Contact

White papers

This article explores the synergy of Scrum and Essence, a domain model of software engineering processes, intending to become a common ground for software development methods, bringing clarity into the composition of methods from individual practices.

Written by Dr. Ivar Jacobson, Paul E. McMahon and Roland Racko Over the years, collective experience of the authors has revealed many questions on the SEMAT and Essence initiative. To bring clarity of the initiative to our readers, the authors have answered 24 of the most common questions.

The way we develop software struggles to keep pace with changes in technology and business. Even with the rise of agile, people still flip-flop from one branded method to another, throwing away the good with the bad and behaving more like religious cultists than like scientists. This article explains why we need to break out of this repetitive dysfunctional behavior, and it introduces Essence, a new way of thinking that promises to free the practices from their method prisons and thus enable true learning organizations.

The way we develop software struggles to keep pace with changes in technology and business. Even with the rise of agile, people still flip-flop from one branded method to another, throwing away the good with the bad and behaving more like religious cultists than like scientists. This article explains why we need to break out of this repetitive dysfunctional behavior, and it introduces Essence, a new way of thinking that promises to free the practices from their method prisons and thus enable true learning organizations.

The Industrial Internet Consortium predicts the IoT (Internet of Things) will become the third technological revolution after the Industrial Revolution and the Internet Revolution. Its impact across all industries and businesses can hardly be imagined. Existing software (business, telecom, aerospace, defense, etc.) is expected to be modified or redesigned, and a huge amount of new software, solving new problems, will have to be developed. As a consequence, the software industry should welcome new and better methods. This article makes the case that to be a major player in this space you will need a multitude of methods, not just a single one. Existing popular approaches such as Scrum and SAFe (Scaled Agile Framework) may be part of the future, but you will also need many new methods and practices—some of which aren’t even known today. Extending a single method to incorporate all that is needed would result in something that is way too big and unwieldy. Instead, the new OMG (Object Management Group) standard Essence can be used to describe modular practices that can be composed together to form a multitude of methods, not only to provide for all of today’s needs, but also to be prepared for whatever the future may bring.

ABC of Essentialization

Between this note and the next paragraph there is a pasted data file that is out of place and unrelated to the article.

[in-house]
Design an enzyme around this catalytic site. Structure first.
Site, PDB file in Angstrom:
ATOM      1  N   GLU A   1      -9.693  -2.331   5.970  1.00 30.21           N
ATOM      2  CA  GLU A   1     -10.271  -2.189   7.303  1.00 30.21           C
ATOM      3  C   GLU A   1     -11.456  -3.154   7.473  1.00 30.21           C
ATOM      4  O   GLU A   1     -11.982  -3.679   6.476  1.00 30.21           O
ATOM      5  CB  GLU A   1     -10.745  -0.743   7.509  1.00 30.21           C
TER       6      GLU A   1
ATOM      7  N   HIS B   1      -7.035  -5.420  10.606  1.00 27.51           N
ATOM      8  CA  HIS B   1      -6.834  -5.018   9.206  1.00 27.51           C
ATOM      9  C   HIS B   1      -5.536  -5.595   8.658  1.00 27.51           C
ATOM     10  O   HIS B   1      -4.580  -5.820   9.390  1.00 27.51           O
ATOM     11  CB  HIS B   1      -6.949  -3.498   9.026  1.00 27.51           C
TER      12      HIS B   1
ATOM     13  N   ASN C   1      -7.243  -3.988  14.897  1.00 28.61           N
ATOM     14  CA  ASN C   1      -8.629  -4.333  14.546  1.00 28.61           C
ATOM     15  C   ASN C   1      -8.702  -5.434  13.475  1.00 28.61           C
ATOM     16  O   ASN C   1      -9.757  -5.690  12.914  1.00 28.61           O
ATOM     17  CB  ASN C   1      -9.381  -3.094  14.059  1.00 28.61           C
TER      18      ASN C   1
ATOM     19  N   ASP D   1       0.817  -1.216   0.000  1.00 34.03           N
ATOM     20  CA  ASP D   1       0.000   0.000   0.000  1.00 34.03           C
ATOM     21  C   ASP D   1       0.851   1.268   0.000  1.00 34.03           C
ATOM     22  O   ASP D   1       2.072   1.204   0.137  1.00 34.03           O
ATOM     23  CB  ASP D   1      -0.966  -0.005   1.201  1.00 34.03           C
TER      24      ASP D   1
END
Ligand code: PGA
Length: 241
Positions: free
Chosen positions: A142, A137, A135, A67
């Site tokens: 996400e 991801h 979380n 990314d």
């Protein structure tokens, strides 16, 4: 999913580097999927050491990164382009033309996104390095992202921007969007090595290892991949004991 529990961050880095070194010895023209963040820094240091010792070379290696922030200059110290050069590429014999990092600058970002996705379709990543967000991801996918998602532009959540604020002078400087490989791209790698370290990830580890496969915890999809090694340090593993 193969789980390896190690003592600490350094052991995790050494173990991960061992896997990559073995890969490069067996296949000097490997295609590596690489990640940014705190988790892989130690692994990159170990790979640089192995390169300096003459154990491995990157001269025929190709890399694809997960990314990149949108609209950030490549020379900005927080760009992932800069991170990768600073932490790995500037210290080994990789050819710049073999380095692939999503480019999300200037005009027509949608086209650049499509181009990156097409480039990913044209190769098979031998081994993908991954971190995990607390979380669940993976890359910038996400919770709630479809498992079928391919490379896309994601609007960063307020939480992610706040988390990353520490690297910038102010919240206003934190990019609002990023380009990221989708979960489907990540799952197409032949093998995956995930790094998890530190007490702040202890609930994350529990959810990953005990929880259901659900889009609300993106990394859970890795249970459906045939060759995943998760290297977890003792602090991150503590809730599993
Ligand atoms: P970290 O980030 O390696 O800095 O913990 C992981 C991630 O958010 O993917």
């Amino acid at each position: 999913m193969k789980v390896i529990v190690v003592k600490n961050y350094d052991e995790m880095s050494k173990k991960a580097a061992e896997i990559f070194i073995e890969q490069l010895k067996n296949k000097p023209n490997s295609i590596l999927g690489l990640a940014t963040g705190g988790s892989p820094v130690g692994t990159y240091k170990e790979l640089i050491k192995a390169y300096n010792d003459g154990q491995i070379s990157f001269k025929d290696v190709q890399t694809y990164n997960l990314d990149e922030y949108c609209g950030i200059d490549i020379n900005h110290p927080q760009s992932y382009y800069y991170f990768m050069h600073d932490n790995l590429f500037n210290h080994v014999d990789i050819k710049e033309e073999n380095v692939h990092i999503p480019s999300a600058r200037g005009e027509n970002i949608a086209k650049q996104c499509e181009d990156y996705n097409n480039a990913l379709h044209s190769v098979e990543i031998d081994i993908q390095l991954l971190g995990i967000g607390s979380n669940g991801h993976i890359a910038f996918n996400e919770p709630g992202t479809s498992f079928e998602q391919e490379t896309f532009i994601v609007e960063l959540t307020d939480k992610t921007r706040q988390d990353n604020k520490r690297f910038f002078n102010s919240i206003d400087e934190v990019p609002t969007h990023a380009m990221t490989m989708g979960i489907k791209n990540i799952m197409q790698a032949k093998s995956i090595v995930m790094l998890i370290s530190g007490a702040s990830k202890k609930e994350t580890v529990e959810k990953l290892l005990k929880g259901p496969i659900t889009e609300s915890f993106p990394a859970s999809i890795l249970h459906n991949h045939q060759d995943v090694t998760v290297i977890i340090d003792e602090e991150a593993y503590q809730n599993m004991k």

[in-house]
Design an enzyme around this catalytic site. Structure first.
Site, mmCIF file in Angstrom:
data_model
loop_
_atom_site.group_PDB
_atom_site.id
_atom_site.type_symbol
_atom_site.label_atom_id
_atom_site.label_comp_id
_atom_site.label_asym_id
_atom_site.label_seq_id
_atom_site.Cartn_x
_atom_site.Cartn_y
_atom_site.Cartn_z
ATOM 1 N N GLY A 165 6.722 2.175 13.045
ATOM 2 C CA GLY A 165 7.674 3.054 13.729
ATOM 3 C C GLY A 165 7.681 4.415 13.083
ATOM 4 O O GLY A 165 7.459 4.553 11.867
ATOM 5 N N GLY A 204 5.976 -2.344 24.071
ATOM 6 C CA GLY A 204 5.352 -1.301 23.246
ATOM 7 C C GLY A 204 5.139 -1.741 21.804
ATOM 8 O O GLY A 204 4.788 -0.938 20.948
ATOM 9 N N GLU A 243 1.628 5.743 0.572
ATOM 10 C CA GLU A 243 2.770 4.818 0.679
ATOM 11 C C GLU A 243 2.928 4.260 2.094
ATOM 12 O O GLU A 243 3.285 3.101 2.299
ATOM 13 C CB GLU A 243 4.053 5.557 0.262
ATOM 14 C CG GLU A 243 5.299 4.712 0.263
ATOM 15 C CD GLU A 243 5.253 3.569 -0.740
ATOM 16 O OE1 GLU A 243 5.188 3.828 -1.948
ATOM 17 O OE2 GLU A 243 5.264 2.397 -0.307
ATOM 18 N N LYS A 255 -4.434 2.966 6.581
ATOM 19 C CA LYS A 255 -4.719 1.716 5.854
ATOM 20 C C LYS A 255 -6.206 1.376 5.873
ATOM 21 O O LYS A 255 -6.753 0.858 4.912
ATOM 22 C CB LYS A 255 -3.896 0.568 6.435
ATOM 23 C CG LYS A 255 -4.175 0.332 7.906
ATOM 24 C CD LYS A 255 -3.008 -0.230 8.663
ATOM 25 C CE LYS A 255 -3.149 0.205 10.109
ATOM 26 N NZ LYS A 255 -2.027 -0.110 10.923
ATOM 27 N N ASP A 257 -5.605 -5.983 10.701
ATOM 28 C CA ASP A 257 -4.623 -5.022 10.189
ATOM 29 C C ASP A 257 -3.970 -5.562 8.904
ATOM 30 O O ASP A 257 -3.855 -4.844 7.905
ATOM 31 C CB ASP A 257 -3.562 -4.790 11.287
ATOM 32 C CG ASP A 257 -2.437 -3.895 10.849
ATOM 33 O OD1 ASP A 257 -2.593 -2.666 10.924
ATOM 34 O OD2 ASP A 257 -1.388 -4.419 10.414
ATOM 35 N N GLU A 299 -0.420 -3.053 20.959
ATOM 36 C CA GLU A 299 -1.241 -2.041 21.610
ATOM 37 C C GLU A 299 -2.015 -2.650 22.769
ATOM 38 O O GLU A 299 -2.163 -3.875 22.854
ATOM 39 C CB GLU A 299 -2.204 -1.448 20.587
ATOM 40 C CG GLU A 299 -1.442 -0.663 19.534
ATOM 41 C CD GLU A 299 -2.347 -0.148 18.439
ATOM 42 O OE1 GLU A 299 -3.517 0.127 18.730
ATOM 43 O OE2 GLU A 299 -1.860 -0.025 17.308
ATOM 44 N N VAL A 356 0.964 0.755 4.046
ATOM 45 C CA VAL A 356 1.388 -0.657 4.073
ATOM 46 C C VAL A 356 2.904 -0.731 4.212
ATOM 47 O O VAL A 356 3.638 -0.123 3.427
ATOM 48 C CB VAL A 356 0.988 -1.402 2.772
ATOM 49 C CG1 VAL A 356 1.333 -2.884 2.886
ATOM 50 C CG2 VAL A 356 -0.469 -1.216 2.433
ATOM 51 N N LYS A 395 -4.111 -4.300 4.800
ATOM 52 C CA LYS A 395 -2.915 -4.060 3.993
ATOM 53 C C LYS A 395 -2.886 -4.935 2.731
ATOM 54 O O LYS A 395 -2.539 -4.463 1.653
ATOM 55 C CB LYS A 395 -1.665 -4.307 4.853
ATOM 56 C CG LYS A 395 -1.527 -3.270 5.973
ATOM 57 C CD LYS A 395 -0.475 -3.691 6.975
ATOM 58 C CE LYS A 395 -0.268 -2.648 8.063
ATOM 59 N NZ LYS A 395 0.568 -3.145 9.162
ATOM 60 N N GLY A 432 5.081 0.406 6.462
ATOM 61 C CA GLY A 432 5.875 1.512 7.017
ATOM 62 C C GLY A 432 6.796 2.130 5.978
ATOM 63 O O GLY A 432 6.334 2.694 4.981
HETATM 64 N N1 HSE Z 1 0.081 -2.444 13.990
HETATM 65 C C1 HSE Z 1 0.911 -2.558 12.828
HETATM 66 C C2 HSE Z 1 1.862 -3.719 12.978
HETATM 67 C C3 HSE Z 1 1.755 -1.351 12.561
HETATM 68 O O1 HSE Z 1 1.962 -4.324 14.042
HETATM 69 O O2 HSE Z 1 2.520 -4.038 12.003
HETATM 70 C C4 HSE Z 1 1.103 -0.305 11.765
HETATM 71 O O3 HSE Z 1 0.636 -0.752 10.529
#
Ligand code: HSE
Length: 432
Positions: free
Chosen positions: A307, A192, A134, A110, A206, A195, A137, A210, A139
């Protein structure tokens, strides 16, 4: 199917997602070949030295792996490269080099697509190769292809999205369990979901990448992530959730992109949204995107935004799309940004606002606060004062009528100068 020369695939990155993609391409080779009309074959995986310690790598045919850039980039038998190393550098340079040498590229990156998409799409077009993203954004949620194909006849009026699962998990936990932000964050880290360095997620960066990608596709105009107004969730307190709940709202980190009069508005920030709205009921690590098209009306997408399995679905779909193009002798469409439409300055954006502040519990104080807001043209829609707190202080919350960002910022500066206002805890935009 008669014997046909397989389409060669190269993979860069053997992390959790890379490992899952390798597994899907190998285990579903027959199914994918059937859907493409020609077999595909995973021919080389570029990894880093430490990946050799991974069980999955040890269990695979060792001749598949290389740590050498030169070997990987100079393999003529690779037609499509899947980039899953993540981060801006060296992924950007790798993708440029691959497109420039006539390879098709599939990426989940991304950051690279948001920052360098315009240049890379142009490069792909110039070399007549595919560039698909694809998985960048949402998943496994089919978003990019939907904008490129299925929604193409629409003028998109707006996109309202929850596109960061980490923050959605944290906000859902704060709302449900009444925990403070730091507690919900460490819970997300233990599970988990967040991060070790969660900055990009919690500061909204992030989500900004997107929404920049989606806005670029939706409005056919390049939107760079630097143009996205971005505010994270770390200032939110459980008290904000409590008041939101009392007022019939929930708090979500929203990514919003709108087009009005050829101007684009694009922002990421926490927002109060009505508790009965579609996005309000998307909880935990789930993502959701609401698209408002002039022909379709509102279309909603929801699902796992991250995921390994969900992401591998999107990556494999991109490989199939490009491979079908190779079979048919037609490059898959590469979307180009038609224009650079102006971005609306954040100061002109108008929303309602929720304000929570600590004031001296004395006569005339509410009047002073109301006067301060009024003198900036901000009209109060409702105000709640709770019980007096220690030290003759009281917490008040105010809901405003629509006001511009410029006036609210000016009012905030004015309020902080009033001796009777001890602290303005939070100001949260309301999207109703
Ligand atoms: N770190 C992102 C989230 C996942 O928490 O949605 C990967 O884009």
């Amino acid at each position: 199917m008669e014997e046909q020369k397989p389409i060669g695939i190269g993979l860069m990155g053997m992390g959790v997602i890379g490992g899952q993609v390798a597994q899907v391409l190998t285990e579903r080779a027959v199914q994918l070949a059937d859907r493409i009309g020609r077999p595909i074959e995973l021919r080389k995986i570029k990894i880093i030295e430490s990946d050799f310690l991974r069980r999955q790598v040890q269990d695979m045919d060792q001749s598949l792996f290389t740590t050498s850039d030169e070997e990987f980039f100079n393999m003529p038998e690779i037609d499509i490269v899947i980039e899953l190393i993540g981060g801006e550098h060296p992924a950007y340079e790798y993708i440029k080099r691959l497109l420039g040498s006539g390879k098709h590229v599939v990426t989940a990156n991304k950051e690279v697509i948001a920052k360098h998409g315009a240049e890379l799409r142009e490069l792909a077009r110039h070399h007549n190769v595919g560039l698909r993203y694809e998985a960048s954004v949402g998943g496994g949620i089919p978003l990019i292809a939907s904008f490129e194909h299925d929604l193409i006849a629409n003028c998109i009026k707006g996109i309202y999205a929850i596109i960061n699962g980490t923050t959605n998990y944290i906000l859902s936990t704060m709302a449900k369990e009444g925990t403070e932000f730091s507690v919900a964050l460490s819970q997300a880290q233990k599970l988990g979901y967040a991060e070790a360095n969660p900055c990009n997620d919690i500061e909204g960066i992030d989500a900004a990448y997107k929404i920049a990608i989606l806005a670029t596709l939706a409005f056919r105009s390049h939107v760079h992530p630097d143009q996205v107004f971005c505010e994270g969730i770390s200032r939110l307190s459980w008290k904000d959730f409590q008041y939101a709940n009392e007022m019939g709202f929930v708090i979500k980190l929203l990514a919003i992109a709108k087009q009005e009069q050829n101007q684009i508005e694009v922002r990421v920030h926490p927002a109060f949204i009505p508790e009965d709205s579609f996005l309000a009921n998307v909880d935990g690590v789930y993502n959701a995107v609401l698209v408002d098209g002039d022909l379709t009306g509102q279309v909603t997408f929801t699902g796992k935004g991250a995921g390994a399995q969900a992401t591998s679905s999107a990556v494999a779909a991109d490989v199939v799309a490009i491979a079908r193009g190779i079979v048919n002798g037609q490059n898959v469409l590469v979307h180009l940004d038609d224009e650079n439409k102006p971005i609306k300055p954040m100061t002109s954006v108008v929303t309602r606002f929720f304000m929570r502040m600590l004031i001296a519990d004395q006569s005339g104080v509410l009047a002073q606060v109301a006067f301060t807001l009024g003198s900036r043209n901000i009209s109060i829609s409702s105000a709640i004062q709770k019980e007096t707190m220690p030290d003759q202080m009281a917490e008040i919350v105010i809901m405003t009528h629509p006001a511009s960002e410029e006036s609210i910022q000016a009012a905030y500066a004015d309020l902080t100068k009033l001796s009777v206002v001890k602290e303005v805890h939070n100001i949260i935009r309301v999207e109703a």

To be agile as teams, we need to adjust our approach to meet our immediate challenges and needs. To be agile as an organization, we need to learn collectively and evolve our approach over time to support our evolving mission, so that we continue to excel in an ever-changing environment. We would not call a TV set “adaptive” if, in order to adjust the volume, we had to throw it away and replace it with a model with a different volume setting. So why are we prepared to accept process frameworks that leave us in a similar predicament every time we want to improve our product development performance as an organization?

Every agile organisation aims to run successful programmes that demonstrate true value and IT results, presented in a way the business can understand. But many struggle with showing how IT and the business are better, faster, cheaper or that their customers, users and other stakeholders are happier since going agile? The single biggest problem we see organisations continuing to grapple with in their agile transformation programmes is not understanding why they are changing the way they work – not visualising the goal, setting targets, measuring improvements, or demonstrating the benefits generated. The key here is to establish a set of actionable measures to drive the change and inspire the teams. These should explicitly support the principles and values being promoted and challenge the teams to improve.

Industrial-­scale agile requires much more than just being able to scale agile. It also means taking a disciplined approach to ensuring that our IT investments are resulting in sustainable benefits for both the producing organization and its customers. This involves adopting a different approach to many aspects of agility. We need to look beyond small-­scale agile, beyond independent competitive islands of agile excellence, beyond individual craftsmanship and heroic teams, and beyond the short-­term, instant gratification that seems to be the focus of many well-­intentioned but self-­centered agile teams. It is this adoption of a more holistic approach that we call moving from craft to engineering. This paper is published at acm.org.

Industrial Scale Agile White Paper

Industrial-scale agile means that agile at any-and-every scale is business-as-usual for an organization, across its entire portfolio, and that this capability is continuously sustained and strengthened. This paper examines two leading frameworks that provide guidance on how to achieve success within this kind of “complexity at scale” challenge space - David Snowden’s Cynefin framework and Max Boisot’s I-Space framework.

Alpha State Card Games Guide

This instructional guide provides a brief introduction to the Alphas and presents seven different games that can be played with the Alpha State Cards by software development teams.

Contact Us